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This eBook from the Gutenberg Project consists of approximately 132 pages of information about The Wandering Jew Volume 10.

CHAPTER XXXV.

The rivals.

Rose-Pompon, whose presence caused such deep emotion in Mdlle. de Cardoville, was dressed in the most showy and extravagant bad taste.  Her very small, narrow, rose-colored satin bonnet, placed so forward over her face as almost to touch the tip of her little nose, left uncovered behind half of her light, silky hair; her plaid dress, of an excessively broad pattern, was open in front, and the almost transparent gauze, rather too honest in its revelations, hardly covered the charms of the form beneath.

The grisette having run all the way upstairs, held in her hands the ends of her large blue shawl, which, falling from her shoulders, had slid down to her wasp-like waist, and there been stopped by the swell of the figure.  If we enter into these details, it is to explain how, at the sight of this pretty creature, dressed in so impertinent and almost indecent, a fashion, Mdlle. de Cardoville, who thought she saw in her a successful rival, felt her indignation, grief, and shame redoubled.

But judge of the surprise and confusion of Adrienne, when Mdlle.  Rose Pompon said to her, with the utmost freedom and pertness, “I am delighted to see you, madame.  You and I must have a long talk together.  Only I must begin by kissing poor Mother Bunch—­with your permission, madame!”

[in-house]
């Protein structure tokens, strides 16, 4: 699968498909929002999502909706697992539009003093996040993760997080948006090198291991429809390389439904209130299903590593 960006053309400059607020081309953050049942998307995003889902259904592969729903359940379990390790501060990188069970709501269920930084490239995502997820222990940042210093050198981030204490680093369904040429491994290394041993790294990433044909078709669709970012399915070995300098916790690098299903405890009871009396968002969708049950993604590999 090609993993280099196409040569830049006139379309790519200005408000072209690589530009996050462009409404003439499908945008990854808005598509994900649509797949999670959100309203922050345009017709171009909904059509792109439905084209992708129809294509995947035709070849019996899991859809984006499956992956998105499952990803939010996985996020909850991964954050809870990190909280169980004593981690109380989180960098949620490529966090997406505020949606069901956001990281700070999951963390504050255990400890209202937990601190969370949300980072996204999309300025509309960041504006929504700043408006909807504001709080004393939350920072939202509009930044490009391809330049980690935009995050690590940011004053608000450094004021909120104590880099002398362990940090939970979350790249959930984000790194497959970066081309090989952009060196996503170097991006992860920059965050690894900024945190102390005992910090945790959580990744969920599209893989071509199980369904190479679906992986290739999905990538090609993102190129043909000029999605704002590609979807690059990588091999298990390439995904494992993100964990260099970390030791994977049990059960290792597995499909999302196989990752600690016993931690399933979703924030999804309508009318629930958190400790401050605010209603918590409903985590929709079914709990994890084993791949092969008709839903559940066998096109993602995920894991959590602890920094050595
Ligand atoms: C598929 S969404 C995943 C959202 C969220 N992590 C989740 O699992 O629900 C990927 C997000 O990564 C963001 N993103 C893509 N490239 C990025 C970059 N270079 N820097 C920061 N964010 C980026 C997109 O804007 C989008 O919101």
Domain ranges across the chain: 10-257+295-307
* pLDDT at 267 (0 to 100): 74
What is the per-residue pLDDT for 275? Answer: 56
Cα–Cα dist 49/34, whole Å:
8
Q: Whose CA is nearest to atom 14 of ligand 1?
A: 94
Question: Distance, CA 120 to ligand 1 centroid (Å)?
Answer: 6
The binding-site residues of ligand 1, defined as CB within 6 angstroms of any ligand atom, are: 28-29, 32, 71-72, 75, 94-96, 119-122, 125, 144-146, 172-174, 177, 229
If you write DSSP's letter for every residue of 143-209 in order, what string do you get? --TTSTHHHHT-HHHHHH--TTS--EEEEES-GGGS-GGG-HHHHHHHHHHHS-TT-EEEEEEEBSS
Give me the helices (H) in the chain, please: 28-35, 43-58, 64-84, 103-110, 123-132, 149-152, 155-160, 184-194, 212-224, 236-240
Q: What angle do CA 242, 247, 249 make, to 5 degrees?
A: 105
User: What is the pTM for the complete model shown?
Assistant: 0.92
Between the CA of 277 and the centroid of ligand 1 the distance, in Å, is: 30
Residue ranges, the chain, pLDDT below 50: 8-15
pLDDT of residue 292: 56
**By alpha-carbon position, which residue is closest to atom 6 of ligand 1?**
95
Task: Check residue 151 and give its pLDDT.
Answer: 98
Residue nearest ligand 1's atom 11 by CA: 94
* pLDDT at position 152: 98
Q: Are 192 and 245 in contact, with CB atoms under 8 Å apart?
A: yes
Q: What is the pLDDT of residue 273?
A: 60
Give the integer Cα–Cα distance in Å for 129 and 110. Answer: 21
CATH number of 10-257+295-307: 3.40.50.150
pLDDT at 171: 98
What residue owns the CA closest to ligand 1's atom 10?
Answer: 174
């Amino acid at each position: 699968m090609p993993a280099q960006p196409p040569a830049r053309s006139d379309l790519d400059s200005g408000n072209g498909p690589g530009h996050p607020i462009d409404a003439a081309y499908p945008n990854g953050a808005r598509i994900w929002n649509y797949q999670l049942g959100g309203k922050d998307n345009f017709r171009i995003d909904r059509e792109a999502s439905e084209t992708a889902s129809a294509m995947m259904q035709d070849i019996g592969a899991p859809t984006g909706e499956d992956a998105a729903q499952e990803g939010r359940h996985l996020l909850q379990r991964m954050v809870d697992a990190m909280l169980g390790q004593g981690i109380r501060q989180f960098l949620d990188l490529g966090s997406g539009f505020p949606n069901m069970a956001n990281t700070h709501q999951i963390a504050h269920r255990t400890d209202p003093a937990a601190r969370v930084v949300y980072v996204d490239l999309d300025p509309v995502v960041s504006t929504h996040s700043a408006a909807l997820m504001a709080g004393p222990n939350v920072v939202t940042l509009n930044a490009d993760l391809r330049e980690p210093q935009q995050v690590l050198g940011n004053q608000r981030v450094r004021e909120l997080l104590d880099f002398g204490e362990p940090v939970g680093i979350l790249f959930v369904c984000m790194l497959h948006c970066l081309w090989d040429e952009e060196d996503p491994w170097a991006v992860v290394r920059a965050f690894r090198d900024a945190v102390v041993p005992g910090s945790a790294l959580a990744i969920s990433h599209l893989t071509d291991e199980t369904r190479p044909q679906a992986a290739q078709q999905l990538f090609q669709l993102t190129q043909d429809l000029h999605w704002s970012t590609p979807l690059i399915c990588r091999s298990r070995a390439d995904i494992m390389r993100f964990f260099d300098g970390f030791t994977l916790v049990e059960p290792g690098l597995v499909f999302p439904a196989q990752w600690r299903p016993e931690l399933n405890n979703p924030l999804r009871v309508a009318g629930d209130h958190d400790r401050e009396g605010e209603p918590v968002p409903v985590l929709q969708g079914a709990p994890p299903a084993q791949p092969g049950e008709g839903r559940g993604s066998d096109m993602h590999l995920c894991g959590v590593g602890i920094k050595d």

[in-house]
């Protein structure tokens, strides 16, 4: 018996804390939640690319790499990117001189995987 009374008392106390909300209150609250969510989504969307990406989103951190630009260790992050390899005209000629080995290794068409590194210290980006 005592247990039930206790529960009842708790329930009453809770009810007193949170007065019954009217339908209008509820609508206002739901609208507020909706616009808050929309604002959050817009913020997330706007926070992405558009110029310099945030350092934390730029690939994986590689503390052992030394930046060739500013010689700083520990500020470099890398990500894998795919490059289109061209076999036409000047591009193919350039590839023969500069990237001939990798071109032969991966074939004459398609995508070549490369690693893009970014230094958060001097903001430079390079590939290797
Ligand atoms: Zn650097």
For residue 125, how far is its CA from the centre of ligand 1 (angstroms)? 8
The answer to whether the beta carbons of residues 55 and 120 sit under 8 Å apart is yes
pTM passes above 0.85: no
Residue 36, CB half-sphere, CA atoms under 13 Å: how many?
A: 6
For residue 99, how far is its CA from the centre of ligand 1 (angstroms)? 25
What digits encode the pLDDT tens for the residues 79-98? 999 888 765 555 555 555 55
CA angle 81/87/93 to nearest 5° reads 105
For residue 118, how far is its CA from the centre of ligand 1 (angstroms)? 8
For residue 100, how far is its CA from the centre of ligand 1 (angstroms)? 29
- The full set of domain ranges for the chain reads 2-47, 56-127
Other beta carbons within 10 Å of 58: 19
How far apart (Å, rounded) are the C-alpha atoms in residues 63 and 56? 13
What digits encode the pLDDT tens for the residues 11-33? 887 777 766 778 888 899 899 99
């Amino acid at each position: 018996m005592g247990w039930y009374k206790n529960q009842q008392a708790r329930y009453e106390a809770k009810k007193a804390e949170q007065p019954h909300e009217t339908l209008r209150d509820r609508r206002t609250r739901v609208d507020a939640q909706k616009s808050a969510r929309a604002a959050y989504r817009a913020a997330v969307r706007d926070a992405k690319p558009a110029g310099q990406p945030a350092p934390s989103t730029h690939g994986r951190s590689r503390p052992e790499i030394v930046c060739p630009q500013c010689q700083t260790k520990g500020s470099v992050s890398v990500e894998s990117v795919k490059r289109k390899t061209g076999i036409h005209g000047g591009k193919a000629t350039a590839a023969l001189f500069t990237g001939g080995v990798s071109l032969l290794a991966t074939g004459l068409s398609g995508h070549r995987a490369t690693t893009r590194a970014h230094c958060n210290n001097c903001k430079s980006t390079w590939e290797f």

To understand the tone and manner with which this word, “madame” was pronounced, you must have been present at some stormy discussion between two Rose-Pompons, jealous of each other; then you would be able to judge how much provoking hostility may be compressed into the word “madame,” under certain circumstances.  Amazed at the impudence of Rose-Pompon, Mdlle. de Cardoville remained mute; whilst Agricola, entirely occupied with the interest he took in the workgirl, who had never withdrawn her eyes from him since he entered the room, and with the remembrance of the painful scene he had just quitted, whispered to Adrienne, without remarking the grisette’s effrontery, “Alas, lady! it is all over.  Cephyse has just breathed her last sigh, without recovering her senses.”

“Unfortunate girl!” said Adrienne, with emotion; and for the moment she forgot Rose-Pompon.

“We must keep this sad news from Mother Bunch, and only let her know it hereafter, with great caution,” resumed Agricola.  “Luckily, little Rose Pompon knows nothing about it.”

And he pointed to the grisette, who was now stooping down by the side of the workgirl.  On hearing Agricola speak so familiarly of Rose-Pompon, Adrienne’s amazement increased.  It is impossible to describe what she felt; yet, strangely enough, her sufferings grew less and less, and her anxiety diminished, as she listened to the chatter of the grisette.

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